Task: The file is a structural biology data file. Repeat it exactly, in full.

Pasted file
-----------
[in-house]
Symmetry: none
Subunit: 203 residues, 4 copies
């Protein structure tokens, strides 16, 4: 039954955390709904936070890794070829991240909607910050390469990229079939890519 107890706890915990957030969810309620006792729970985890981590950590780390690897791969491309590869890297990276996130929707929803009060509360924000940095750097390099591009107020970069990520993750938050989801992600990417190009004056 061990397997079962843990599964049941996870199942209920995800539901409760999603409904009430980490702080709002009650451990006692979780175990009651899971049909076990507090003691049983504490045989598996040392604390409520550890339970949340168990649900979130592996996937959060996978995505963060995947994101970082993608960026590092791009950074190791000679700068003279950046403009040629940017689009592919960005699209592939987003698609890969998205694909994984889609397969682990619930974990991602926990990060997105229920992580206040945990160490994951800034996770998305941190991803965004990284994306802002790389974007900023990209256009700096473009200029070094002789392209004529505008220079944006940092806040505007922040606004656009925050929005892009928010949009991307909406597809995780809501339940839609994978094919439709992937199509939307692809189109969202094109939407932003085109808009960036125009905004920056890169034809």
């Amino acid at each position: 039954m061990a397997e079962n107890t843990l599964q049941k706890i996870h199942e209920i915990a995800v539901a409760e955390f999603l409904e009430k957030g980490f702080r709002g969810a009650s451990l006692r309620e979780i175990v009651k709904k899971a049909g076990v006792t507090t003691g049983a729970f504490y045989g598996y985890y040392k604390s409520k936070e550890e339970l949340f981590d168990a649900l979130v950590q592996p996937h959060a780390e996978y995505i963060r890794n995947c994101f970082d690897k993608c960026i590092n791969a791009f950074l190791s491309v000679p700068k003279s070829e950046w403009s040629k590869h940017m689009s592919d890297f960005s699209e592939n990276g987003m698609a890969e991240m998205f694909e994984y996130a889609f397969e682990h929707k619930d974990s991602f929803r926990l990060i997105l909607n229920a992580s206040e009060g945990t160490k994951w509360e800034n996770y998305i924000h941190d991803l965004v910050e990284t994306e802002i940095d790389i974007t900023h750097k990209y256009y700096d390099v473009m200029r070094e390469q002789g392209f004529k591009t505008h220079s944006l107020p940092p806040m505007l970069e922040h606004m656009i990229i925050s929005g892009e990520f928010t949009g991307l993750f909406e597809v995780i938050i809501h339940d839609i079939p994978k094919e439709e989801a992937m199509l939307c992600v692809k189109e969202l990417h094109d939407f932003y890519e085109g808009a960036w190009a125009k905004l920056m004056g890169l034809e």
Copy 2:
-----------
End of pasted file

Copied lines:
[in-house]
Symmetry: none
Subunit: 203 residues, 4 copies
């Protein structure tokens, strides 16, 4: 039954955390709904936070890794070829991240909607910050390469990229079939890519 107890706890915990957030969810309620006792729970985890981590950590780390690897791969491309590869890297990276996130929707929803009060509360924000940095750097390099591009107020970069990520993750938050989801992600990417190009004056 061990397997079962843990599964049941996870199942209920995800539901409760999603409904009430980490702080709002009650451990006692979780175990009651899971049909076990507090003691049983504490045989598996040392604390409520550890339970949340168990649900979130592996996937959060996978995505963060995947994101970082993608960026590092791009950074190791000679700068003279950046403009040629940017689009592919960005699209592939987003698609890969998205694909994984889609397969682990619930974990991602926990990060997105229920992580206040945990160490994951800034996770998305941190991803965004990284994306802002790389974007900023990209256009700096473009200029070094002789392209004529505008220079944006940092806040505007922040606004656009925050929005892009928010949009991307909406597809995780809501339940839609994978094919439709992937199509939307692809189109969202094109939407932003085109808009960036125009905004920056890169034809």
């Amino acid at each position: 039954m061990a397997e079962n107890t843990l599964q049941k706890i996870h199942e209920i915990a995800v539901a409760e955390f999603l409904e009430k957030g980490f702080r709002g969810a009650s451990l006692r309620e979780i175990v009651k709904k899971a049909g076990v006792t507090t003691g049983a729970f504490y045989g598996y985890y040392k604390s409520k936070e550890e339970l949340f981590d168990a649900l979130v950590q592996p996937h959060a780390e996978y995505i963060r890794n995947c994101f970082d690897k993608c960026i590092n791969a791009f950074l190791s491309v000679p700068k003279s070829e950046w403009s040629k590869h940017m689009s592919d890297f960005s699209e592939n990276g987003m698609a890969e991240m998205f694909e994984y996130a889609f397969e682990h929707k619930d974990s991602f929803r926990l990060i997105l909607n229920a992580s206040e009060g945990t160490k994951w509360e800034n996770y998305i924000h941190d991803l965004v910050e990284t994306e802002i940095d790389i974007t900023h750097k990209y256009y700096d390099v473009m200029r070094e390469q002789g392209f004529k591009t505008h220079s944006l107020p940092p806040m505007l970069e922040h606004m656009i990229i925050s929005g892009e990520f928010t949009g991307l993750f909406e597809v995780i938050i809501h339940d839609i079939p994978k094919e439709e989801a992937m199509l939307c992600v692809k189109e969202l990417h094109d939407f932003y890519e085109g808009a960036w190009a125009k905004l920056m004056g890169l034809e």
Copy 2: